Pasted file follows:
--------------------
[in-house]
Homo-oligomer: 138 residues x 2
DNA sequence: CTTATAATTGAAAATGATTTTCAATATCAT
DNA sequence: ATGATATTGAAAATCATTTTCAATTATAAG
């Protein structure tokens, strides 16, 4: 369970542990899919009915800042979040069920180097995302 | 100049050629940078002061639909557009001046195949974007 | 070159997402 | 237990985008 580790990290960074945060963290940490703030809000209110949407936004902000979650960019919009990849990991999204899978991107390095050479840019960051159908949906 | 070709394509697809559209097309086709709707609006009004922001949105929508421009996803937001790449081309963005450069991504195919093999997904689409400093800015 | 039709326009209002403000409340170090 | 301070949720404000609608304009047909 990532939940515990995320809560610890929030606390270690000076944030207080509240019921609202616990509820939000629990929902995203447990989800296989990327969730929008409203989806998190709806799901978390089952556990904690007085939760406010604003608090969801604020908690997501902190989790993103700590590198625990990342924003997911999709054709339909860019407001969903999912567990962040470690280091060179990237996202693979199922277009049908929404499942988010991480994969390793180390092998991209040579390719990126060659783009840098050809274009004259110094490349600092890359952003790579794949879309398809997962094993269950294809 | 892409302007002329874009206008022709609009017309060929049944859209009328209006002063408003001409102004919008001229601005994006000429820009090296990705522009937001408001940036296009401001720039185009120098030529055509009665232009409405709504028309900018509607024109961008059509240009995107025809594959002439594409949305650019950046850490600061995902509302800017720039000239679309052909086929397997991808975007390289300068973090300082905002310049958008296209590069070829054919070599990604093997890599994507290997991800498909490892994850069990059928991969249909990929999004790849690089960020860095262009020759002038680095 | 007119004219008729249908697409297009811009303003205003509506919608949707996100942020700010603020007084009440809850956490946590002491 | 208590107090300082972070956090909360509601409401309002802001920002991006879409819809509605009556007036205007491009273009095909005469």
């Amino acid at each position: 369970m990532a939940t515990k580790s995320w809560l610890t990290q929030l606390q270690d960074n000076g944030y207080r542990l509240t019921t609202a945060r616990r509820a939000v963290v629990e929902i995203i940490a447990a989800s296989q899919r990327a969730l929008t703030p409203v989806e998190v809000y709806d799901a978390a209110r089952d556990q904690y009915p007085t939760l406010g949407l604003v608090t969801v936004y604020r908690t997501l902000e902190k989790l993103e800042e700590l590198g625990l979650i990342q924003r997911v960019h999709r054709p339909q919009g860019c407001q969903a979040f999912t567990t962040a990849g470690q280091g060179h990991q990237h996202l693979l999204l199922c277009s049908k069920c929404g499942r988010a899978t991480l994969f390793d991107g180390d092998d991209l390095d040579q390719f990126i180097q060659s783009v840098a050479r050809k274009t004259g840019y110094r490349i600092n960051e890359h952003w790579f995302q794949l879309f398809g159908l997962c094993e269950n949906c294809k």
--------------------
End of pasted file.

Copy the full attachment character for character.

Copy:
[in-house]
Homo-oligomer: 138 residues x 2
DNA sequence: CTTATAATTGAAAATGATTTTCAATATCAT
DNA sequence: ATGATATTGAAAATCATTTTCAATTATAAG
């Protein structure tokens, strides 16, 4: 369970542990899919009915800042979040069920180097995302 | 100049050629940078002061639909557009001046195949974007 | 070159997402 | 237990985008 580790990290960074945060963290940490703030809000209110949407936004902000979650960019919009990849990991999204899978991107390095050479840019960051159908949906 | 070709394509697809559209097309086709709707609006009004922001949105929508421009996803937001790449081309963005450069991504195919093999997904689409400093800015 | 039709326009209002403000409340170090 | 301070949720404000609608304009047909 990532939940515990995320809560610890929030606390270690000076944030207080509240019921609202616990509820939000629990929902995203447990989800296989990327969730929008409203989806998190709806799901978390089952556990904690007085939760406010604003608090969801604020908690997501902190989790993103700590590198625990990342924003997911999709054709339909860019407001969903999912567990962040470690280091060179990237996202693979199922277009049908929404499942988010991480994969390793180390092998991209040579390719990126060659783009840098050809274009004259110094490349600092890359952003790579794949879309398809997962094993269950294809 | 892409302007002329874009206008022709609009017309060929049944859209009328209006002063408003001409102004919008001229601005994006000429820009090296990705522009937001408001940036296009401001720039185009120098030529055509009665232009409405709504028309900018509607024109961008059509240009995107025809594959002439594409949305650019950046850490600061995902509302800017720039000239679309052909086929397997991808975007390289300068973090300082905002310049958008296209590069070829054919070599990604093997890599994507290997991800498909490892994850069990059928991969249909990929999004790849690089960020860095262009020759002038680095 | 007119004219008729249908697409297009811009303003205003509506919608949707996100942020700010603020007084009440809850956490946590002491 | 208590107090300082972070956090909360509601409401309002802001920002991006879409819809509605009556007036205007491009273009095909005469």
């Amino acid at each position: 369970m990532a939940t515990k580790s995320w809560l610890t990290q929030l606390q270690d960074n000076g944030y207080r542990l509240t019921t609202a945060r616990r509820a939000v963290v629990e929902i995203i940490a447990a989800s296989q899919r990327a969730l929008t703030p409203v989806e998190v809000y709806d799901a978390a209110r089952d556990q904690y009915p007085t939760l406010g949407l604003v608090t969801v936004y604020r908690t997501l902000e902190k989790l993103e800042e700590l590198g625990l979650i990342q924003r997911v960019h999709r054709p339909q919009g860019c407001q969903a979040f999912t567990t962040a990849g470690q280091g060179h990991q990237h996202l693979l999204l199922c277009s049908k069920c929404g499942r988010a899978t991480l994969f390793d991107g180390d092998d991209l390095d040579q390719f990126i180097q060659s783009v840098a050479r050809k274009t004259g840019y110094r490349i600092n960051e890359h952003w790579f995302q794949l879309f398809g159908l997962c094993e269950n949906c294809k």